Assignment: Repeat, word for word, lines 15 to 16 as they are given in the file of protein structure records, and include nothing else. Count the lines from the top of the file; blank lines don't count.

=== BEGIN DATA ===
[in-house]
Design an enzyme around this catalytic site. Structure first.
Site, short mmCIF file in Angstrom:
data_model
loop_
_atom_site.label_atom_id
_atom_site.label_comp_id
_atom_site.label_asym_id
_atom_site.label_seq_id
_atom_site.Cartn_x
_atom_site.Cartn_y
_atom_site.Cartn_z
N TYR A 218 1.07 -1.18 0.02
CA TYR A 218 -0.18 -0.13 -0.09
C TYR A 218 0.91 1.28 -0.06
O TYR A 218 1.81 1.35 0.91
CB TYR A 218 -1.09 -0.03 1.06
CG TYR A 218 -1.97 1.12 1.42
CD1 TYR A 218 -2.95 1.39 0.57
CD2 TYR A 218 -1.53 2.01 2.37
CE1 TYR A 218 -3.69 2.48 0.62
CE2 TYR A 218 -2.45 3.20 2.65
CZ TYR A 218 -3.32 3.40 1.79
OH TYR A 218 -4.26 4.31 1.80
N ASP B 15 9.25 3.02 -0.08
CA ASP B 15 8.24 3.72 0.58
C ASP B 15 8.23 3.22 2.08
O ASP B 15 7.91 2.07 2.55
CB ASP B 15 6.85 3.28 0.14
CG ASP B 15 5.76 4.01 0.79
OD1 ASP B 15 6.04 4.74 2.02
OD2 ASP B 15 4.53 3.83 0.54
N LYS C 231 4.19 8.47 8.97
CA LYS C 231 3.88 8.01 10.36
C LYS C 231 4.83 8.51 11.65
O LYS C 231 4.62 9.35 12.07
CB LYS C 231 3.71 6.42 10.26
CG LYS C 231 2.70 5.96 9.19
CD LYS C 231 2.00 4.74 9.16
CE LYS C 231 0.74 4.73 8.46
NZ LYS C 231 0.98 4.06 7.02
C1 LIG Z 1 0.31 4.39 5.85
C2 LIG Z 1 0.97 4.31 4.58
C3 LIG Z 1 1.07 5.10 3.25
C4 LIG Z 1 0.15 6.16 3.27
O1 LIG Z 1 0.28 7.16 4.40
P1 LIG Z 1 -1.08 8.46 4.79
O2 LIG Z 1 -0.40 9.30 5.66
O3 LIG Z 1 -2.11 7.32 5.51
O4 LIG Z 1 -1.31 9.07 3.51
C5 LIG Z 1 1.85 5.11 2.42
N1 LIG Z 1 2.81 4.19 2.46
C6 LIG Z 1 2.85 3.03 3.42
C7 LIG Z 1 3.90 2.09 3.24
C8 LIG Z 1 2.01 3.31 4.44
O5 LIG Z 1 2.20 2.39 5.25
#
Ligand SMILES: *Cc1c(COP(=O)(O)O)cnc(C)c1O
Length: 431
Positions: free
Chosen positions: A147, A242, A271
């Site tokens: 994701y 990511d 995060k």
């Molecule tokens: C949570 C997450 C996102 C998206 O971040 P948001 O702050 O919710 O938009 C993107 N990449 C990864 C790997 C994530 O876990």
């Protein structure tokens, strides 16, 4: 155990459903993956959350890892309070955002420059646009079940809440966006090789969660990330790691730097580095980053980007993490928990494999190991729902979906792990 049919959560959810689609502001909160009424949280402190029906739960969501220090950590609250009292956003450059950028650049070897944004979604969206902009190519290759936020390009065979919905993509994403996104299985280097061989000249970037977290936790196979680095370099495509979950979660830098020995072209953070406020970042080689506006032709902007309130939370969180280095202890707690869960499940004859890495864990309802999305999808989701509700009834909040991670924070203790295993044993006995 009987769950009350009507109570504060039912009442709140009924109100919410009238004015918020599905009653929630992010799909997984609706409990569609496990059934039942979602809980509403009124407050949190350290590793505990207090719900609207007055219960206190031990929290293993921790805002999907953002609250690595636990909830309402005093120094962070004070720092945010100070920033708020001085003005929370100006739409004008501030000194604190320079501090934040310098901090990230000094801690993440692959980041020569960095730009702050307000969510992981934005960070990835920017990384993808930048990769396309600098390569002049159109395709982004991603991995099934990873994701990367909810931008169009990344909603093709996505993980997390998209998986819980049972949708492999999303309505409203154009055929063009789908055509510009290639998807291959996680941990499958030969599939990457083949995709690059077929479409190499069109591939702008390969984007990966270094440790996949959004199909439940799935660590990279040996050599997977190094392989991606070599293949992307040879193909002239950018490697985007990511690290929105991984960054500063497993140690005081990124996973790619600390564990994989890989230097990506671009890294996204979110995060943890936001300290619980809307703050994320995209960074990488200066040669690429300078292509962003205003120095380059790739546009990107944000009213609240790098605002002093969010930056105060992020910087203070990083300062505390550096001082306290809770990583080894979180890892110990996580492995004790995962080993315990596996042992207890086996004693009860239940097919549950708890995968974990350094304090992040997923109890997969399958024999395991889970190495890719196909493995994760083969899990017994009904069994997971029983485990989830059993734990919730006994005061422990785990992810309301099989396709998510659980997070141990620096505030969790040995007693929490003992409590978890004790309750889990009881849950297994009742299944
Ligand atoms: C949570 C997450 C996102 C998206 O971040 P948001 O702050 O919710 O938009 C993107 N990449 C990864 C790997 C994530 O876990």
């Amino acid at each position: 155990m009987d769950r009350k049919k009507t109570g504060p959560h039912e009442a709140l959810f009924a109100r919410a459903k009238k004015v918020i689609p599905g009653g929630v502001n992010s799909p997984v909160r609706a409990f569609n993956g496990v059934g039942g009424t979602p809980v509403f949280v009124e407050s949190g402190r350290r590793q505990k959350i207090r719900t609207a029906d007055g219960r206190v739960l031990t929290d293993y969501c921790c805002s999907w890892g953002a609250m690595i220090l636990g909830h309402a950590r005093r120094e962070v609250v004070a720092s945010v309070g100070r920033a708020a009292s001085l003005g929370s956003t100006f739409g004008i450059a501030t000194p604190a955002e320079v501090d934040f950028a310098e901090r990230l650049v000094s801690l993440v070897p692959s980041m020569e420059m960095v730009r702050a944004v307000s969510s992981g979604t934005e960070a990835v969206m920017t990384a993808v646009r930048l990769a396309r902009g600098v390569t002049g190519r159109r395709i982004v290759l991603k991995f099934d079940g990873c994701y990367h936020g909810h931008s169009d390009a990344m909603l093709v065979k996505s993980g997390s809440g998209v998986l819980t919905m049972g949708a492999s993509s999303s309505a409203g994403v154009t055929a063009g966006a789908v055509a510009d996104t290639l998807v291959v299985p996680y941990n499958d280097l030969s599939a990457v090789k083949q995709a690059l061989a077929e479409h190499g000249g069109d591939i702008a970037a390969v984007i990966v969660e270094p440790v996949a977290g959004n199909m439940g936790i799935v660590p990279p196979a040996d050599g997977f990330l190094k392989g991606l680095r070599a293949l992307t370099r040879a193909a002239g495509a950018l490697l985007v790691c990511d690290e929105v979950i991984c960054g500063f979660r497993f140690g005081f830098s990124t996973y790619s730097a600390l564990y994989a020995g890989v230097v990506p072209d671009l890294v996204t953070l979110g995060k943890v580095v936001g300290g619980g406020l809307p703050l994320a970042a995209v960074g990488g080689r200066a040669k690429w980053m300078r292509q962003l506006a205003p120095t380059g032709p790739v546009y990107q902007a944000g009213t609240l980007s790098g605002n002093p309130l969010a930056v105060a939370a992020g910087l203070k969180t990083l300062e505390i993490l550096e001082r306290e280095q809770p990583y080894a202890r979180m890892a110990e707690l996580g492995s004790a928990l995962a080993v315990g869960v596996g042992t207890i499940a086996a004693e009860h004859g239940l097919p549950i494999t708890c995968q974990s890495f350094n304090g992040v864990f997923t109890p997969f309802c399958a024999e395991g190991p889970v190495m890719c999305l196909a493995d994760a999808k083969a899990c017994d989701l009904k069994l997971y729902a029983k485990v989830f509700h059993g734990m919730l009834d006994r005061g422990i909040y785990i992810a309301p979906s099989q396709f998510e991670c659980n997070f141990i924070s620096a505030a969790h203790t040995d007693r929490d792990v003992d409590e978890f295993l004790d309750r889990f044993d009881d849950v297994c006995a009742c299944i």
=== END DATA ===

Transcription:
C TYR A 218 0.91 1.28 -0.06
O TYR A 218 1.81 1.35 0.91